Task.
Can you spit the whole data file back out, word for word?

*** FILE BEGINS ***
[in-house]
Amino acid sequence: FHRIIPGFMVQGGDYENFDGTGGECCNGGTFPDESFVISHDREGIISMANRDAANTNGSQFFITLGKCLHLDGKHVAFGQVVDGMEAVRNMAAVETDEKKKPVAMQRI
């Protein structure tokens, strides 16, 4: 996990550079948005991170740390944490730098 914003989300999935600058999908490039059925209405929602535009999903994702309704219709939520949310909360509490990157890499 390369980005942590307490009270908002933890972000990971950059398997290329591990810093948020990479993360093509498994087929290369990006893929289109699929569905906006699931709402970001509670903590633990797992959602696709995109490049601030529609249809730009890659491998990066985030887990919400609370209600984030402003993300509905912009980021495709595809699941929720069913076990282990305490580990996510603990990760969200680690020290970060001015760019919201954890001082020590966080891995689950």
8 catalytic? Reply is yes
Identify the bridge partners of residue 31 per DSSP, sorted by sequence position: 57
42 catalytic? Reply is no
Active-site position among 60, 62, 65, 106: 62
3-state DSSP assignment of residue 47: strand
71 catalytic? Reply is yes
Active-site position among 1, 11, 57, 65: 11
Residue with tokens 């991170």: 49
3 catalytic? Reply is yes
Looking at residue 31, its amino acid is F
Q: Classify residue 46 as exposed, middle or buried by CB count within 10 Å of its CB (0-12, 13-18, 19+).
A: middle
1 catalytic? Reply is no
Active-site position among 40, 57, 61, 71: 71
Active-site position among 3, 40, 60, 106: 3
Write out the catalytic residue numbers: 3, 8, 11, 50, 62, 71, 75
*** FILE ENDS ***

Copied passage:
[in-house]
Amino acid sequence: FHRIIPGFMVQGGDYENFDGTGGECCNGGTFPDESFVISHDREGIISMANRDAANTNGSQFFITLGKCLHLDGKHVAFGQVVDGMEAVRNMAAVETDEKKKPVAMQRI
């Protein structure tokens, strides 16, 4: 996990550079948005991170740390944490730098 914003989300999935600058999908490039059925209405929602535009999903994702309704219709939520949310909360509490990157890499 390369980005942590307490009270908002933890972000990971950059398997290329591990810093948020990479993360093509498994087929290369990006893929289109699929569905906006699931709402970001509670903590633990797992959602696709995109490049601030529609249809730009890659491998990066985030887990919400609370209600984030402003993300509905912009980021495709595809699941929720069913076990282990305490580990996510603990990760969200680690020290970060001015760019919201954890001082020590966080891995689950």
8 catalytic? Reply is yes
Identify the bridge partners of residue 31 per DSSP, sorted by sequence position: 57
42 catalytic? Reply is no
Active-site position among 60, 62, 65, 106: 62
3-state DSSP assignment of residue 47: strand
71 catalytic? Reply is yes
Active-site position among 1, 11, 57, 65: 11
Residue with tokens 């991170």: 49
3 catalytic? Reply is yes
Looking at residue 31, its amino acid is F
Q: Classify residue 46 as exposed, middle or buried by CB count within 10 Å of its CB (0-12, 13-18, 19+).
A: middle
1 catalytic? Reply is no
Active-site position among 40, 57, 61, 71: 71
Active-site position among 3, 40, 60, 106: 3
Write out the catalytic residue numbers: 3, 8, 11, 50, 62, 71, 75